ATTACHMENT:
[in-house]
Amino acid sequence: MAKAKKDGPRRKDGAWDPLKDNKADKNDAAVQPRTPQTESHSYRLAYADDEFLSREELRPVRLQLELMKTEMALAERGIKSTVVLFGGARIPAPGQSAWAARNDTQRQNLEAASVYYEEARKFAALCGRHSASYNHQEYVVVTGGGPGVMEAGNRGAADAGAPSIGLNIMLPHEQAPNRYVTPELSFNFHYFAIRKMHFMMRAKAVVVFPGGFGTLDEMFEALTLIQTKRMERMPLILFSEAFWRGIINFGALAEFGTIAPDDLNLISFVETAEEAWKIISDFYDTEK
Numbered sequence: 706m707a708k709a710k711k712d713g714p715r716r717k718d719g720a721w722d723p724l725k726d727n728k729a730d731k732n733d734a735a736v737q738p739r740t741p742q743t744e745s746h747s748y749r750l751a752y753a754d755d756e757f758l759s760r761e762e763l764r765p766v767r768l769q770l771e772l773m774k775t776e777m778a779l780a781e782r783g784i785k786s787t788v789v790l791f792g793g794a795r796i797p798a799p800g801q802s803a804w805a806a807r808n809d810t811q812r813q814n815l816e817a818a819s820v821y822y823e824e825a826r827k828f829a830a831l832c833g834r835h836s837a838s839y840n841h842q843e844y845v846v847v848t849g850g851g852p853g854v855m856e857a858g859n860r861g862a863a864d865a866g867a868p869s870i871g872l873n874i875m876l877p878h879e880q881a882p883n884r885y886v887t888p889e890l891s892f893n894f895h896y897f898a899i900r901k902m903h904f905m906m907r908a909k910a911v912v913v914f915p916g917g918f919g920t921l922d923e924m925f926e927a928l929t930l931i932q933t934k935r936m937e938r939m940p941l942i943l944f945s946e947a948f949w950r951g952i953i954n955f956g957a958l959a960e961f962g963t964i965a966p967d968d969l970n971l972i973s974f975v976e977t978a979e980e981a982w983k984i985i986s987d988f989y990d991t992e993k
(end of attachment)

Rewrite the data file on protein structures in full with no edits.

[in-house]
Amino acid sequence: MAKAKKDGPRRKDGAWDPLKDNKADKNDAAVQPRTPQTESHSYRLAYADDEFLSREELRPVRLQLELMKTEMALAERGIKSTVVLFGGARIPAPGQSAWAARNDTQRQNLEAASVYYEEARKFAALCGRHSASYNHQEYVVVTGGGPGVMEAGNRGAADAGAPSIGLNIMLPHEQAPNRYVTPELSFNFHYFAIRKMHFMMRAKAVVVFPGGFGTLDEMFEALTLIQTKRMERMPLILFSEAFWRGIINFGALAEFGTIAPDDLNLISFVETAEEAWKIISDFYDTEK
Numbered sequence: 706m707a708k709a710k711k712d713g714p715r716r717k718d719g720a721w722d723p724l725k726d727n728k729a730d731k732n733d734a735a736v737q738p739r740t741p742q743t744e745s746h747s748y749r750l751a752y753a754d755d756e757f758l759s760r761e762e763l764r765p766v767r768l769q770l771e772l773m774k775t776e777m778a779l780a781e782r783g784i785k786s787t788v789v790l791f792g793g794a795r796i797p798a799p800g801q802s803a804w805a806a807r808n809d810t811q812r813q814n815l816e817a818a819s820v821y822y823e824e825a826r827k828f829a830a831l832c833g834r835h836s837a838s839y840n841h842q843e844y845v846v847v848t849g850g851g852p853g854v855m856e857a858g859n860r861g862a863a864d865a866g867a868p869s870i871g872l873n874i875m876l877p878h879e880q881a882p883n884r885y886v887t888p889e890l891s892f893n894f895h896y897f898a899i900r901k902m903h904f905m906m907r908a909k910a911v912v913v914f915p916g917g918f919g920t921l922d923e924m925f926e927a928l929t930l931i932q933t934k935r936m937e938r939m940p941l942i943l944f945s946e947a948f949w950r951g952i953i954n955f956g957a958l959a960e961f962g963t964i965a966p967d968d969l970n971l972i973s974f975v976e977t978a979e980e981a982w983k984i985i986s987d988f989y990d991t992e993k